'Why your next professional journey should be an action research project?' by Padmini Bhuyan Boruah

22nd September 2019

Over the years, I have stumbled upon a professional practice that is like an irresistible pack of chocolates. When you unwrap it, you find yourself with a range of delectable fare, each item more fulfilling than the other. Unlike chocolates, however, this professional practice does not leave you with extra calories. And yes, I’m talking about taking up an action research project.

What is it about action research that motivates me so much and may have the effect on other ELT professionals ? One thing I like about action research is that it is not an add-on activity; you do not need to stress your eyes reading up on an impressive list of serious academic articles, nor do you need time out to go and do ‘field work’ outside your comfort zone. Action research involves investigating your own practice, in your own classroom, with your own students. Together with colleagues, students and mentors, you begin a systematic exploration, a journey in which the route is as exciting as the destination.

There are added benefits. When you systematically investigate your practice, you teach yourself to notice more and notice deeper, you develop a greater sense of purpose, and you can’t wait to share what you have discovered. And this is not all. You can publish your findings in standard journals that are always looking for fresh voices. But if you choose not to, you do not need to write about your findings in a very academic language. You do not need to generalize your results and you do not need to propose/confirm/refute a theory. There are other ways of sharing your research– you can present at a conference or a meeting, you can make a poster and talk about it, you can give an oral account of your journey, or you can publish it over the internet.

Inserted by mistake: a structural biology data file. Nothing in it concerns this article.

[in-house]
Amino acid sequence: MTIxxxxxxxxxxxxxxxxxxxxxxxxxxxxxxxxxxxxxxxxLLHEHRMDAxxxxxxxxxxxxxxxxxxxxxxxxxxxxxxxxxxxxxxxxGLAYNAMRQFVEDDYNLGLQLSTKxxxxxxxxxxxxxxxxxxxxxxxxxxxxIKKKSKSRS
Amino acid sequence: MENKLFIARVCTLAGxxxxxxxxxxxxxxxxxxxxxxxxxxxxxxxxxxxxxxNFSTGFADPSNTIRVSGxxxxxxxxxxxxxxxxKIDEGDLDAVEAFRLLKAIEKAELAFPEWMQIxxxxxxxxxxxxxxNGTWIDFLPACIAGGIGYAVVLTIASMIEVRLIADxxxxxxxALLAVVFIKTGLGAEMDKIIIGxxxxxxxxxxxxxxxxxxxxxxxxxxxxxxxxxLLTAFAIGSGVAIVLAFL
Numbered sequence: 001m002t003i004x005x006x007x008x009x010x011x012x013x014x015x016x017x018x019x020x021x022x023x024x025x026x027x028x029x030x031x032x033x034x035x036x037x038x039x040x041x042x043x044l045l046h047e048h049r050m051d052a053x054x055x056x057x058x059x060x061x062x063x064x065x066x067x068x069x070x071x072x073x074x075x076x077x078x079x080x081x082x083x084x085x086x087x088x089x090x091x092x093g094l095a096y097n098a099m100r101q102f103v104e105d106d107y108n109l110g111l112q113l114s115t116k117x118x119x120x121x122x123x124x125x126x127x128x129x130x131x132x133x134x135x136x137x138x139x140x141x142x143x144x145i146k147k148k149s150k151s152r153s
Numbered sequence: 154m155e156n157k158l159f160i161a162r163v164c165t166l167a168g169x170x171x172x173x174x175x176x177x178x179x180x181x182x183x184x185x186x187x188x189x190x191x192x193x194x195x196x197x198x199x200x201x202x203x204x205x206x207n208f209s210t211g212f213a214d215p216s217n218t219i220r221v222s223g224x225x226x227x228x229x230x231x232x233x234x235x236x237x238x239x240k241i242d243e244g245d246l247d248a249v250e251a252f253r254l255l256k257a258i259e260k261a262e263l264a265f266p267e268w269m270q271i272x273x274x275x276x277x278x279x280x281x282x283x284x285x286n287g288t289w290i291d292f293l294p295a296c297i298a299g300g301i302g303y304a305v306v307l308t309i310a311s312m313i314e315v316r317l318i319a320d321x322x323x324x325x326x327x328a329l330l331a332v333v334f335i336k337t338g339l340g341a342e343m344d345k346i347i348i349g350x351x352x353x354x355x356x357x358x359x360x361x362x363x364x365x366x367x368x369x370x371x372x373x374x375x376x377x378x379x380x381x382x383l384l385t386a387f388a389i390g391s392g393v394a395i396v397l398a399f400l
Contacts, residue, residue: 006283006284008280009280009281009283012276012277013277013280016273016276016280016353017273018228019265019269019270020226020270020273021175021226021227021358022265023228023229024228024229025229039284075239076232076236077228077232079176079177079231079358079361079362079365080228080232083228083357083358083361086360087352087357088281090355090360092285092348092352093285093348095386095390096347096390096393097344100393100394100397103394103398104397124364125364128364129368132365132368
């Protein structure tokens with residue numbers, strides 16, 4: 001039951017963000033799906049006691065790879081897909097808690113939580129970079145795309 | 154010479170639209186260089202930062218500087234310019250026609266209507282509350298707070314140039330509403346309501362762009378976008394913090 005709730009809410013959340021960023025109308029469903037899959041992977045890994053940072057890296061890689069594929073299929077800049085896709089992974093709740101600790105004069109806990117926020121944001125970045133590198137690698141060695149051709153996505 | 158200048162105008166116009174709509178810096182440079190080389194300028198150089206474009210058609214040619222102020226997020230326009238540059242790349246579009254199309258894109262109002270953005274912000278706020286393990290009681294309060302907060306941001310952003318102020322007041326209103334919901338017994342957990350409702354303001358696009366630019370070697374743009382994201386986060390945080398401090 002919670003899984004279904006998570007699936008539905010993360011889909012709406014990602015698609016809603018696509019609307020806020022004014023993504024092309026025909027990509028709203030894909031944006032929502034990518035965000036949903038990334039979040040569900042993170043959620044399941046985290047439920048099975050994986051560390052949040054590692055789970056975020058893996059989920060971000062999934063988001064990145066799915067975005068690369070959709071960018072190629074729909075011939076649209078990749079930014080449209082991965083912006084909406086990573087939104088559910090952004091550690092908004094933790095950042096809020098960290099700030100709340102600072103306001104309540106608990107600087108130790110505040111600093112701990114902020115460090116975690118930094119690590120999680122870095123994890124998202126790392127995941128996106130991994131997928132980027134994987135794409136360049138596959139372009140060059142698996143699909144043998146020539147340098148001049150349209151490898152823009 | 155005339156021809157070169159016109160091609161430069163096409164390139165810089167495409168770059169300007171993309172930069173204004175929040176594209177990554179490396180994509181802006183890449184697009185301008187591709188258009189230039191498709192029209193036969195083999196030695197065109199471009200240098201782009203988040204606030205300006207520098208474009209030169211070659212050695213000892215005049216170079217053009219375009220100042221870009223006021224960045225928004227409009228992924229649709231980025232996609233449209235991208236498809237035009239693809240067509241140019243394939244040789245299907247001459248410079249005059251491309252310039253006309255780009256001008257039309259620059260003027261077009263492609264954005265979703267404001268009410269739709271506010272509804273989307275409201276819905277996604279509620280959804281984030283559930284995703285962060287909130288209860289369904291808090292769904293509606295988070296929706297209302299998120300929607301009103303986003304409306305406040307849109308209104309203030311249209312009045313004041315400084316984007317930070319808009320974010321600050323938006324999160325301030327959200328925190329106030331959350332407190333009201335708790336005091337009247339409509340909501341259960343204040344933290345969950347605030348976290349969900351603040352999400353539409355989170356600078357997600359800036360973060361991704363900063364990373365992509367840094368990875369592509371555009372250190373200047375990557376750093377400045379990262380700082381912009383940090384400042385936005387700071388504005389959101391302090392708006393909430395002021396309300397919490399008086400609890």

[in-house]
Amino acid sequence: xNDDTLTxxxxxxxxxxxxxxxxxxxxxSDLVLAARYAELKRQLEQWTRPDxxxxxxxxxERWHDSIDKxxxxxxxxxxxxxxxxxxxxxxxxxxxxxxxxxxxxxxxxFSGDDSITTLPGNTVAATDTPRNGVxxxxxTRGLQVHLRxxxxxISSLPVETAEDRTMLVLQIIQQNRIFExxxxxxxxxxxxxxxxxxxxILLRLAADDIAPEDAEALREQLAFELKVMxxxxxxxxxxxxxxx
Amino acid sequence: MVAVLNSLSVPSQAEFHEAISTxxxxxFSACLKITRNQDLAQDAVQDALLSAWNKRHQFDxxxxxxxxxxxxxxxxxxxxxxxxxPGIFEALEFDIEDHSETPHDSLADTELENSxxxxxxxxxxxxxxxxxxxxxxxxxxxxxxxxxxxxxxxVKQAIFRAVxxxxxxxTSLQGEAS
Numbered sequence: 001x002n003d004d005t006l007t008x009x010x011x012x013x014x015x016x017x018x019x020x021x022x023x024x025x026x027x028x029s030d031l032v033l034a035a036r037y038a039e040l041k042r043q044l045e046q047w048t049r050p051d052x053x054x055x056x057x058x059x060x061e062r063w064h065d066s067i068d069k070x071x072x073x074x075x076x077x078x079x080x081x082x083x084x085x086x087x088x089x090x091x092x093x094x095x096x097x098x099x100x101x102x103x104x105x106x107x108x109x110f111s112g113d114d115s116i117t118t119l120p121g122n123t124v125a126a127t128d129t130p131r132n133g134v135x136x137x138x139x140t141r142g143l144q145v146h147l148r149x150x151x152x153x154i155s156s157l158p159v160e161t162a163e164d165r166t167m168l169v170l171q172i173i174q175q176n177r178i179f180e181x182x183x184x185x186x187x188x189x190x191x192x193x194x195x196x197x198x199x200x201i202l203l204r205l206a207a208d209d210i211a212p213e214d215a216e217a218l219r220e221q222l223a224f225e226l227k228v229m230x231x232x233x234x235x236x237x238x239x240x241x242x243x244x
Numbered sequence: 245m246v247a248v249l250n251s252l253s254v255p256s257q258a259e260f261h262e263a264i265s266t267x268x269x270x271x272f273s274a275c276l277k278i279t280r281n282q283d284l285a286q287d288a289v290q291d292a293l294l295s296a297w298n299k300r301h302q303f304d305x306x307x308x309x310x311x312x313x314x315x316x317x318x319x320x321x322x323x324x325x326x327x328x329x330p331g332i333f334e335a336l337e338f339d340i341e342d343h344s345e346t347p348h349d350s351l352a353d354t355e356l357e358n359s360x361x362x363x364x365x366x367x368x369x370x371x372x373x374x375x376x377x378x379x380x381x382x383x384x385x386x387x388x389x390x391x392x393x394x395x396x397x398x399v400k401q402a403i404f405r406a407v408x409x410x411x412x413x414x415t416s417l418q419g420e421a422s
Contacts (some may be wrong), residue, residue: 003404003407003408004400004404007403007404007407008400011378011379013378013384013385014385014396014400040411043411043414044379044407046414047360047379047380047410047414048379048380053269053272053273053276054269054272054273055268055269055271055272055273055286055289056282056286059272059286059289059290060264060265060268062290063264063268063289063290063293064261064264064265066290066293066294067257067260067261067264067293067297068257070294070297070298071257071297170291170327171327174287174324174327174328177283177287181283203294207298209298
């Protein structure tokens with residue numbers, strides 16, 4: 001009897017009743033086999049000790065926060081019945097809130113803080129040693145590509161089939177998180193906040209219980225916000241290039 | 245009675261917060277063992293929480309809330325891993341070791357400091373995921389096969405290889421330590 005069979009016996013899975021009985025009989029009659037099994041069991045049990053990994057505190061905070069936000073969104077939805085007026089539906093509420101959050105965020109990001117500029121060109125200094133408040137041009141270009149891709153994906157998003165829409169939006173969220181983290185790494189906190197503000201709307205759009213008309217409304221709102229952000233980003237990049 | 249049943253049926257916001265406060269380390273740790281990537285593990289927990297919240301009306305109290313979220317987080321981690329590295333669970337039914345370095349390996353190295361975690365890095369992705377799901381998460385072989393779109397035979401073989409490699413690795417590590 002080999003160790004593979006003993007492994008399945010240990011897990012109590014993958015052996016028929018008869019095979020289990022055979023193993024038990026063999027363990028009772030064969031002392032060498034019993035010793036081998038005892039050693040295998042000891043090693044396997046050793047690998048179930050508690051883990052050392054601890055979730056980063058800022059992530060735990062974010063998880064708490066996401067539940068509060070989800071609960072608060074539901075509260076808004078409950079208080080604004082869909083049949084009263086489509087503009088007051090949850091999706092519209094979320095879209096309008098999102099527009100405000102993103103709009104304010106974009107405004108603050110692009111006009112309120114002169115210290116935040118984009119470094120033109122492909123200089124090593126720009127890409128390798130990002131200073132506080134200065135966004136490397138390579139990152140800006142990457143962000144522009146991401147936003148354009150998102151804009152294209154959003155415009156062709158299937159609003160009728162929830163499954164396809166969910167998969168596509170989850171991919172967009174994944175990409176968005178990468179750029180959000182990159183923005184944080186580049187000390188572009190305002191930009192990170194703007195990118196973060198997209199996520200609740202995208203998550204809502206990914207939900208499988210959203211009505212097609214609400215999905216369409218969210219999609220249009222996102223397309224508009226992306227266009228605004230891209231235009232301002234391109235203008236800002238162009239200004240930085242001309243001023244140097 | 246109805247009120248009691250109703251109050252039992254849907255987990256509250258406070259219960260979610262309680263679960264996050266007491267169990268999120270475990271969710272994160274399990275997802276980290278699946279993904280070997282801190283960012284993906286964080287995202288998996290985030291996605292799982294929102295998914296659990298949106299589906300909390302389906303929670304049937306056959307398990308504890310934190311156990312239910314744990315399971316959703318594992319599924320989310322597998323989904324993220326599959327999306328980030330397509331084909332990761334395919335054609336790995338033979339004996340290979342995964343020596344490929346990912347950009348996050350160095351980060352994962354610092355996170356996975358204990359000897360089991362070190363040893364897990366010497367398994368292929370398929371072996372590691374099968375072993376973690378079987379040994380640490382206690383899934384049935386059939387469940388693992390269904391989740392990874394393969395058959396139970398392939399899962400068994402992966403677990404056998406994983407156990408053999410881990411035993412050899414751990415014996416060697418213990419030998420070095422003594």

If you are the kind that is really interested in being published in academic journals, you will want to go beyond the basic purpose of action research, which is understanding and improving your practice. Even though I have mentioned above that you do not need to generalize your findings or theorise them, nothing stops you from taking that extra step. Since action research is more than an intuitive activity, and it is conducted using a systematic series of steps and tools, the intervention may well be replicable in other contexts, and theorization can begin from there.
Some of the most respected journals carry articles on action research journeys that traverse a wide spectrum of experiences. I have, for example, read interesting articles on developing a course module (Burmeister. &Eilks, 2013), implementing or analysing a new programme (Burns & Westmacott, 2018), reporting on your own or your participant’s perspective (Gilliland, 2018; Kasula, 2015), implications of action research on pedagogy (Price, 2001), mentoring the action research process (Spencer & Molina, 2018), conducting action research (Walker, 1995), and collaborative potentials of action research (Yuan & Lee, 2015)